Friday, 10 February 2017

the invitation


I knew he had, almost certainly,
been invited to the wedding –
his family having lived two doors down
from mine – pretty much,
from the beginning of time and . . .

suddenly, there he was,
in misty halation, as though
I was seeing him through the glow
of an old Hollywood vaseline edged lens –
a speck of dust in my eye, perhaps.

he noticed me then, and smiled
in that off-kilter way he had –
his head tipped in the same direction
as his lips . . . though, his eyes, I thought
– or did I imagine it  –
flashed a shot of sadness
that, momentarily, belied,
his affable howdy-neighbour grin.

I smiled back, of course,
and waving nonchalantly,
speed walked to the exit . . .
all the might-have-beens:
wide awake now,  screaming
GO BACK . . .

outside . . . I paused momentarily,
and let the smell of azaleas
waft round me – carrying me back
to that long ago sunshine summer
before we left for college, and life began . . .
for real

The Backstory (for Valentine's Day):  I’m sure that all of you have had the experience of someone sharing a part of their life with you, that you find very impactful and compelling.  This poem came out of a story that was shared with me several years ago by a new employee in my workplace (though I wrote the piece from the perspective of a woman).  He was new to the job (which was somewhat unusual as he appeared to be in his mid 50’s); he was new to the country (and as it turned out); he was newly wed.  When I remarked that that was a lot of new beginnings, all at once, he replied that it was “all good” and that he was in a very happy place.  He went on to explain that he had just married the girl he was engaged to almost 40 years ago.  They were both 17 and needed their parents’ permission.  Given the dismal statistics on teenage marriage, both sets of parents were adamantly opposed.  However, a compromise was struck:  if they would agree to go to separate universities in separate cities for 18 months, their parents would consider giving their support, if they still wanted to marry.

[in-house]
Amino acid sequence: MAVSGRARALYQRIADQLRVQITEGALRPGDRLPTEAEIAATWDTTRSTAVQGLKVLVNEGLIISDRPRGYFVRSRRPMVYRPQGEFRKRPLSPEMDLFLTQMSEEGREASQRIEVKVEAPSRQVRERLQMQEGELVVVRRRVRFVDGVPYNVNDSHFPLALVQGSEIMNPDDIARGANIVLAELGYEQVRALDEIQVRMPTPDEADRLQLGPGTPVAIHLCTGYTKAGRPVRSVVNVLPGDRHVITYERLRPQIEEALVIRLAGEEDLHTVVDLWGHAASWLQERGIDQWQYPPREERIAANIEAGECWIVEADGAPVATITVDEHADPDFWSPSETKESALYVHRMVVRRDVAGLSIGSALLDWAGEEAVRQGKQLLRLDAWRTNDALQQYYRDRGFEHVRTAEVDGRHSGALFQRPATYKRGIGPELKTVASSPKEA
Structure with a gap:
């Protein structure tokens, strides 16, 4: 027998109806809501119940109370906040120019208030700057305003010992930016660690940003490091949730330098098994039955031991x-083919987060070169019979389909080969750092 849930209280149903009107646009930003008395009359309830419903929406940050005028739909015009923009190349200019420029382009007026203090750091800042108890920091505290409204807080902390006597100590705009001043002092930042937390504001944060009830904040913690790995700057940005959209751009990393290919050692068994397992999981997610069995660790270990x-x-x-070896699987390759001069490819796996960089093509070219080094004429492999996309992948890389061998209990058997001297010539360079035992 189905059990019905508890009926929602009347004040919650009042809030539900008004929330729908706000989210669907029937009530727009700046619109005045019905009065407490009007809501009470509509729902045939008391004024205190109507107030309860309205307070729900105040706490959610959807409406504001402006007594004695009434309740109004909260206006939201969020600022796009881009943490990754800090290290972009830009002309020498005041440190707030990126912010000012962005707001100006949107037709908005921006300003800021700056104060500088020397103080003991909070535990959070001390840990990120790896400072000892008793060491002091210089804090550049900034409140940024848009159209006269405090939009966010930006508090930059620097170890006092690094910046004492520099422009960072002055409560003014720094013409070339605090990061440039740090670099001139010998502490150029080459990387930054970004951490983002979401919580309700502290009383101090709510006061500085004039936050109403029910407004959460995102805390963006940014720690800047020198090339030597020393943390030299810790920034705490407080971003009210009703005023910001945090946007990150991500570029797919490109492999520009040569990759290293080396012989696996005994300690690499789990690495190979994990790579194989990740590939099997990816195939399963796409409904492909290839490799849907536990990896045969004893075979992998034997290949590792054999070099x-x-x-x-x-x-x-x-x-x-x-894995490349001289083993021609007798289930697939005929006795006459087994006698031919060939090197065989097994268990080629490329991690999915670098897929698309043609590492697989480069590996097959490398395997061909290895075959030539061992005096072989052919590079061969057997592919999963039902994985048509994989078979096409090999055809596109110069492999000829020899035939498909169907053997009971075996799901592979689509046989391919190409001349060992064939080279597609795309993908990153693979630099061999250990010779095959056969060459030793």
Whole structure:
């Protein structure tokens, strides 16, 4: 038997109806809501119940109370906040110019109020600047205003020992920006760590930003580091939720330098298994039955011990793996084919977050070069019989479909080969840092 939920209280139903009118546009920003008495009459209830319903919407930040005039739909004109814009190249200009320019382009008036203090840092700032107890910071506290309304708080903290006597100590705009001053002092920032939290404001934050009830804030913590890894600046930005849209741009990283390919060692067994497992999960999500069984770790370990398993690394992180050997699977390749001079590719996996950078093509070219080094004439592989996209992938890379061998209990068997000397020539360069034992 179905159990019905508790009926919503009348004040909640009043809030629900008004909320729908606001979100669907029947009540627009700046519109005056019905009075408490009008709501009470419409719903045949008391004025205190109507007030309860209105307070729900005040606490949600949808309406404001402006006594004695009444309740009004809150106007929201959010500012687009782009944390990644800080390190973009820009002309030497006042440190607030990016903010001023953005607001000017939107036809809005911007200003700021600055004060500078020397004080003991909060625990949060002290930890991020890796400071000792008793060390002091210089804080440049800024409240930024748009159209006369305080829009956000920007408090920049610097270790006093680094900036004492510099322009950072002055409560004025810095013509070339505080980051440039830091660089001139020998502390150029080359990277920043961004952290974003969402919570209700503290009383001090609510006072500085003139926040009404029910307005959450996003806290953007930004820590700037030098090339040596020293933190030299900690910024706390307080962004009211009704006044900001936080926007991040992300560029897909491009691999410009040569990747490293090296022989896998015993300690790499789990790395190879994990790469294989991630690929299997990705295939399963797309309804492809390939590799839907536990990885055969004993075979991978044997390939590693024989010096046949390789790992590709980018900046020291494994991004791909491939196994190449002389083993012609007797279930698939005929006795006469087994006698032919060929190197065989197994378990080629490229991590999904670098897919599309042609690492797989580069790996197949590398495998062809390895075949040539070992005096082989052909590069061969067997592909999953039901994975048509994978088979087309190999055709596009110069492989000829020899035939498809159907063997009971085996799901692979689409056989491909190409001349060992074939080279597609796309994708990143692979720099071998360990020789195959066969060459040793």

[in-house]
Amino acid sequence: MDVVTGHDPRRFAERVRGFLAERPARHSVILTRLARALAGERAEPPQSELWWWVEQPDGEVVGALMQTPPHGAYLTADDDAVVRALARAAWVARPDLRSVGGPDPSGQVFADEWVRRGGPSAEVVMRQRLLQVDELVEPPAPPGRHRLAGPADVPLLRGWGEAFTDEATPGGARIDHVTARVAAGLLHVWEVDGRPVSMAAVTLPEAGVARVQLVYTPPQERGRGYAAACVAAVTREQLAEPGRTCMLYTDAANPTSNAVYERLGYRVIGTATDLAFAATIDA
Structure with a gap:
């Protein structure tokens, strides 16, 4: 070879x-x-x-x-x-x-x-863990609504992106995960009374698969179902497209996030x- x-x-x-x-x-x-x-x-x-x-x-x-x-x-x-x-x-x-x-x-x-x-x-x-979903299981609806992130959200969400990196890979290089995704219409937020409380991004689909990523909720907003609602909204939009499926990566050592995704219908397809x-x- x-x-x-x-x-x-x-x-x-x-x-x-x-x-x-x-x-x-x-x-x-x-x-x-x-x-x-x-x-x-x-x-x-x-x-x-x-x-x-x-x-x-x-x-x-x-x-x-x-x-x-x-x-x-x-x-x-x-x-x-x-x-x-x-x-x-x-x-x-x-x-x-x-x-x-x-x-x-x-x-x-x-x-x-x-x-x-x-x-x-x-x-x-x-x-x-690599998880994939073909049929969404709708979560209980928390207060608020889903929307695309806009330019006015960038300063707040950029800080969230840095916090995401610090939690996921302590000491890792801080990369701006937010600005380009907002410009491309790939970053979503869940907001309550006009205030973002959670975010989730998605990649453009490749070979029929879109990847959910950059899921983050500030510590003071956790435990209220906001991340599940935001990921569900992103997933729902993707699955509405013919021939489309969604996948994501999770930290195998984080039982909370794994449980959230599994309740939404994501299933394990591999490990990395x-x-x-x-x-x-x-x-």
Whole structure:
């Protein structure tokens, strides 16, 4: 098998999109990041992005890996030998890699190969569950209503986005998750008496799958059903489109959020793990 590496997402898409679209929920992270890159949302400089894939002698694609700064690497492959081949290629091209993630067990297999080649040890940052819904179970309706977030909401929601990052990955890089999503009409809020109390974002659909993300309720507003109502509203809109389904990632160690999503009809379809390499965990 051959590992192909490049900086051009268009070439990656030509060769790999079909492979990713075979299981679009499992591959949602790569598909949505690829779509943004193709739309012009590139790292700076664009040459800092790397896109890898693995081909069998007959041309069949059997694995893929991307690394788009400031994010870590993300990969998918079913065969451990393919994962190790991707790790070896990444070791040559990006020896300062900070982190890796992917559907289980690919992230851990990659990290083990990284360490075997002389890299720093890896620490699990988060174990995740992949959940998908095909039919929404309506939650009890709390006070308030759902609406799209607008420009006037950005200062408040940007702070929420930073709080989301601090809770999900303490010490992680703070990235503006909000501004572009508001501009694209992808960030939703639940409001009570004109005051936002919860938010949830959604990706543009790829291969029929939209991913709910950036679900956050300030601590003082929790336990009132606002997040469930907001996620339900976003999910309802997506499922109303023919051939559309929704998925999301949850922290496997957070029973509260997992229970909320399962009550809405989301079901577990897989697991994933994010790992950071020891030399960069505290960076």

When you are young, 18 months is a long, long time – and, eventually, the relationship went the way of military service, an apprenticeship in another country . . . and life.  However, as their families continued to live in the same homes, in one of those, very close, old American suburbs on a street that people only leave when they die – every few years there would be a wedding, or a funeral and the two of them would find themselves staring at each other across a crowded room . . . watching the other grow older, with each reunion.  Eventually, after his children were grown, he and his wife decided to divorce.  Sometime later, her father passed away and – as he worked in the nearby “big city”, he attended the funeral.  At the end of the service, as he waited to pay his respects, a woman standing beside him remarked:  what a horrible couple of years for that family . . . first her husband and now her Dad.
  
Well, I guess the rest of the story, writes itself.  When he shared this with me, I remarked:  What must that have been like: seeing each other over so many years, and having to walk away, time after time.  And he replied:  every time I saw her, the-might-have-beens started up, all over again.

That phrase – the-might-have-beens – has stuck with me, ever since.  Perhaps, that is because I met my one-and-only when I had just turned 18 . . . and I never let go.  Smiles.
  
note:  the poem is published in the Tower Poetry Journal (Tower Poetry Society, est. 1951) Volume 65, #2, 2016.

photo:  The House Two Doors Down – W. Bourke

© 2017 Wendy Bourke 

21 comments: